Being and Doing


As I lace up my running shoes, I let out a long, drawn out yawn. I feel tired from the previous week of training. I am about to meet up with my training partner, Anne Shadle. I am secretly hoping she’ll agree to running slow today.


I tell Anne my plan to run slow. In her I-can’t-take-you-anywhere-outfit, she says, “let’s start out slow and see how it goes.” Somehow we both know that this means we are running fast, today. Our first mile was 7:10 and before long we were clicking off 6:30 miles.


I started babbling about how I am enjoying this uncomfortable pace because sometimes we need to feel uncomfortable, first, in order to feel comfortable, later. Anne nods in agreement (well sort of). After a few minutes she tells me to listen to the sound of my shoes as they land on the dirt path and to feel the cool air as it washes against my face.

I’m about to say, “Anne, why are you blowing smoke up my…” when I’m immediately distracted by flow. Flow is the merging of action (doing) and awareness (being). Flow happens when there is a perfect balance between a challenging, yet attainable, task. It’s the ultimate mind and body relationship (Hummm… Anne has a really good point).


Athletes love to do


The doing is action-oriented and future-focused. When you have a problem, what do you do? You solve it. About 2 miles into my run my body was screaming at me I’M TIRED! My instinct was to solve what my body was telling me (the doing). I relaxed my arms, and then my face (action-oriented). I thought about the relief that I’d feel when I was done (future-focused). But just as Anne had pointed out, earlier, I wasn’t listening to what underlies the process (the being).


Athletes need to be


Learning to be engaged in the present moment is a behavior that can be taught. The being means letting go of the past and future and focusing on the now. I started my run focused on wanting to go slow and wanting to feel comfortable, but as the run progressed, Anne challenged me to connect with the present moment. It worked. I felt an immediate sense of joy and relief.


How to mesh what we love with what we need


Flow is merging the doing with the being. After the run, Anne and I reflected on how it went (What? We’re researchers. Sometimes we can’t help ourselves). Anne tells me that uncomfortableness needs to become our routine — something that we come to expect and embrace each day. Once you start to feel comfortable with uncomfortableness, then you can establish a new level of uncomfortableness. It’s within these new levels that success happens.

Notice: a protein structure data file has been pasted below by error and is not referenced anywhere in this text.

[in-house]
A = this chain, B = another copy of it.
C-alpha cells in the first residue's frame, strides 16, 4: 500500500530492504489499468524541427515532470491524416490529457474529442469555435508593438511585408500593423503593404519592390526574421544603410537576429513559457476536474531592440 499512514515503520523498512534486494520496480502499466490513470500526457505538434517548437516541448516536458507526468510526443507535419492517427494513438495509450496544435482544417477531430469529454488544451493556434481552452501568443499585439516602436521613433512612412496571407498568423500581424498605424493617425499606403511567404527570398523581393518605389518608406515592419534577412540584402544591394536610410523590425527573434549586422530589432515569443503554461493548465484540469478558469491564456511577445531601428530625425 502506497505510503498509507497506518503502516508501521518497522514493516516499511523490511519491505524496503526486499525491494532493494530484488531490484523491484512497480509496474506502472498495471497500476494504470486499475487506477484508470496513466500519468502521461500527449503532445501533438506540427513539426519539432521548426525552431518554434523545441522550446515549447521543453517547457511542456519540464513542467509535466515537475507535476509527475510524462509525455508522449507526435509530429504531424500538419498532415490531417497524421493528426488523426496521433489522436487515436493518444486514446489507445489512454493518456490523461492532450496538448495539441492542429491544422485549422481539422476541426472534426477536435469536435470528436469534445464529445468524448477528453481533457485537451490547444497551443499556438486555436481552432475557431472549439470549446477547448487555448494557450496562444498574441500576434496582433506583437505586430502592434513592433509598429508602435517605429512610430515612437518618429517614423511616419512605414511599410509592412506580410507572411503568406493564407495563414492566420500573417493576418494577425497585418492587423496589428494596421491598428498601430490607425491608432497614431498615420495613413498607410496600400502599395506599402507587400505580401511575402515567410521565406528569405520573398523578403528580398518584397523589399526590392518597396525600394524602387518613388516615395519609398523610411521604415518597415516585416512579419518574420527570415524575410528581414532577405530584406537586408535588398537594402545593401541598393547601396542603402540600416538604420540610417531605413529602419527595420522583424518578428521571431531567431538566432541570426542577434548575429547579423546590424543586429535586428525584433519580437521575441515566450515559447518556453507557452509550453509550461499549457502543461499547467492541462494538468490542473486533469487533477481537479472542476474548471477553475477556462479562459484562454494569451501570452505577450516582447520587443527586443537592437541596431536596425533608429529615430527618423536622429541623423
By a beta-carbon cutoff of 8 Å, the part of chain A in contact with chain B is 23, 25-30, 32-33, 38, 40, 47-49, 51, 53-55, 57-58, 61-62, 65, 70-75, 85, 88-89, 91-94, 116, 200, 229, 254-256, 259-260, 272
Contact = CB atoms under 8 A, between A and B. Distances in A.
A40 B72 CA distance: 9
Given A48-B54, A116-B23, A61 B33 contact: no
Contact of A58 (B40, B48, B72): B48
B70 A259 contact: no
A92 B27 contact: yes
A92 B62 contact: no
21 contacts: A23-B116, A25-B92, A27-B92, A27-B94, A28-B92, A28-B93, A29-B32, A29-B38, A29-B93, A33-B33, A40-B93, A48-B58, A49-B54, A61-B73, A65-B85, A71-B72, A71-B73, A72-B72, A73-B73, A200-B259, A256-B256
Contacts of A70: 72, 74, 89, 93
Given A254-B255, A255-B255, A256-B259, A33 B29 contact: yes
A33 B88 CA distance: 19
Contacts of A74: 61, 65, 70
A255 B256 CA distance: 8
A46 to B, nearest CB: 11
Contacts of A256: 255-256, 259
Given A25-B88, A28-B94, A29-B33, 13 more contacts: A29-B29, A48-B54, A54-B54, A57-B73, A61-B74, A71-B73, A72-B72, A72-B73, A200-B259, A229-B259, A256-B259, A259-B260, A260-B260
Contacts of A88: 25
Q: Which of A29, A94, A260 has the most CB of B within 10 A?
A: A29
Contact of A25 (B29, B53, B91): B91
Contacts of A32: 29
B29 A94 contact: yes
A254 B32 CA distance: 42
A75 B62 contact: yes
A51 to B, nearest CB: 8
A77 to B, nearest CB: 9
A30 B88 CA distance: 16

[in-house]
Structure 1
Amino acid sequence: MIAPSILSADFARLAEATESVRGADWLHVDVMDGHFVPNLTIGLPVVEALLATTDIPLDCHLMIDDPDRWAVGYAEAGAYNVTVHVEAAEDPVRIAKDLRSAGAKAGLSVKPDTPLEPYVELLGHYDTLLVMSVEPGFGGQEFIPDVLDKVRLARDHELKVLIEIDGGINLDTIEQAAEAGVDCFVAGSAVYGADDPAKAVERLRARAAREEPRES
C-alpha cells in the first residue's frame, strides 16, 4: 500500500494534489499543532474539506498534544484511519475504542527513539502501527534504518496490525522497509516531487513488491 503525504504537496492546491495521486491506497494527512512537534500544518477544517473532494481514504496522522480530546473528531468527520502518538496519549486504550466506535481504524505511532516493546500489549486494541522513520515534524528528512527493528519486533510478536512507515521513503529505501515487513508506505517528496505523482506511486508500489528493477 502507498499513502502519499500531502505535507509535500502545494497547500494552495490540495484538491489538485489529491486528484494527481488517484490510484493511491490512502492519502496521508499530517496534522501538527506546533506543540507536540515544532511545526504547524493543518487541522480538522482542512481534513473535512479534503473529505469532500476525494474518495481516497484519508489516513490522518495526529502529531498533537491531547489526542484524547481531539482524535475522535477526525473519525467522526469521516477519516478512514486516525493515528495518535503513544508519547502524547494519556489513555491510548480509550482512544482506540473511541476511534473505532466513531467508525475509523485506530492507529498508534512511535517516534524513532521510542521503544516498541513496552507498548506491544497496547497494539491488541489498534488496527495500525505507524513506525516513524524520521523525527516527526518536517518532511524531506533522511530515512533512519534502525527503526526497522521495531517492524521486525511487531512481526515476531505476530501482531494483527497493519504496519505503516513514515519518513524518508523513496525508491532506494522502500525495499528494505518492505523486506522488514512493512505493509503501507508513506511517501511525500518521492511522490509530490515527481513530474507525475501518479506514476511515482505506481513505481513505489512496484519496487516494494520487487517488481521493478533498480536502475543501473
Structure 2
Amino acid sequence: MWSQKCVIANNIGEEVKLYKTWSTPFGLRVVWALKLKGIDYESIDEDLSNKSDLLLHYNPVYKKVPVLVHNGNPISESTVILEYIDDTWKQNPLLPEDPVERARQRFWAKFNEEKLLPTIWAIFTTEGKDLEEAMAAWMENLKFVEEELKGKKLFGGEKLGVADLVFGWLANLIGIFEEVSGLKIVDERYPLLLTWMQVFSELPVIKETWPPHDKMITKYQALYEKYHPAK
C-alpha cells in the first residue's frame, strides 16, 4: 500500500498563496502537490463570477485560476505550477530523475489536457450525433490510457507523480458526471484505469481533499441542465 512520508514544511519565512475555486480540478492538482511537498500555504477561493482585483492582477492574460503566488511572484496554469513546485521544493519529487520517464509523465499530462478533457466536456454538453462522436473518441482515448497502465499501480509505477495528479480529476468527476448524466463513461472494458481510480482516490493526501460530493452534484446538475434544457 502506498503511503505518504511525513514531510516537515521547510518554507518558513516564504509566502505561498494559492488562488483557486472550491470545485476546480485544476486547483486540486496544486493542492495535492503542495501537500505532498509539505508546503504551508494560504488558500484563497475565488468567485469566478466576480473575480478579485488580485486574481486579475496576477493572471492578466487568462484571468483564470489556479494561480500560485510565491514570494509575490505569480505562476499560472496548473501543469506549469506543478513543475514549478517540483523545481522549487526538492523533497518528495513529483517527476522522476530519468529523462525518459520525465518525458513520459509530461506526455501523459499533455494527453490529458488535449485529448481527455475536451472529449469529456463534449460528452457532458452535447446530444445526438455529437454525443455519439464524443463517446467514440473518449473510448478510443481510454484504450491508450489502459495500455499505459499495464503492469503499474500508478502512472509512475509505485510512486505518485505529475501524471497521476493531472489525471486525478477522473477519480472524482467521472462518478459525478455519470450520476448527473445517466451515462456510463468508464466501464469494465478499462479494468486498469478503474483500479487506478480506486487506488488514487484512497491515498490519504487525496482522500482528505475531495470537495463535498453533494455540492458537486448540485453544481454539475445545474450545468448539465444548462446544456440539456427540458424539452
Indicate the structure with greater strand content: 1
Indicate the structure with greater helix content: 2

Imagine layers upon layers. There layers are your goals. The higher the goal the greater the discomfort (y-axis). Also, the time in which a goal is accomplished is unknown (x-axis). The only thing that is know is what each layer is made up of — the building blocks that get you from one layer to the next.


Now, imagine each level is packed with little blue and red blocks that fit together like a puzzle. They are not stacked on top of each other, nor are they sitting side by side each other. Rather they work together in a system, each drawing upon the other for energy. The blue blocks are the doing where thoughts, actions and feelings take place. And the red blocks are the being where your mindfulness, presence, and consciousness hang out.


If you’re like me, then you probably have more than one goal going at a time. The path to accomplishing these goals takes time, patience, perseverance, trust, but most importantly, it takes being and doing. I’ll end with this…


“The best way to be is to do” – Lao Tzu, Ancient Chinese philosopher.


Thanks for reading

Racing Cross Country

Middle distance runners, like myself, often need road racing or cross country to maintain the competitive mindset during the off season and to enhance the base training phase.  So my coach signed me up to race the USATF Club Cross Country Championships in Lexington, Kentucky. I was excited about this race because when I was in 5th grade I raced in Lexington at the USATF junior cross country championships and WON! The junior race was held at this beautiful horse park. However, this was not the horse park. Imagine my disappointment when I pulled up to the course to find out it was not the horse park I once raced on and that it had been rained on for the past 2 days. There was not a dry, smooth, or flat area in sight.

Nonetheless, I approached this race like any other race… I was there to race and give it my all to win. I went out in 5:09 for the first mile. I found myself in 1st at this point. I was surprised by how comfortable I felt as such a quick clip, especially because cross country was not one of my strengths.

**A few facts about my cross country days**

  1. I won the Missouri cross country state championships when I was in high school (but I had no boobs and weighed 98 lbs).
  2. I ran 2 cross country races in college
  3. It has been 3 years since my last cross country race
  4. I like to race half miles not 6ks

But there I was in the lead. How does this story end… I’d like to say I WON! Which is how I like to approach every race I start. Luckily,  I held my composure and finished in 100th place. I did run two personal bests that day: (1) fastest first mile in a cross country race, and (2) fastest overall 6k time. Racing in the mud at the USATF Club Cross Country Championships was FUN and to me that means I WON!

On our way home from the race I wrote my proposal for my dissertation, submitted it to my advisor, and got approval to start researching this semester. Overall, a very successful weekend.


Thanks for reading, Shannon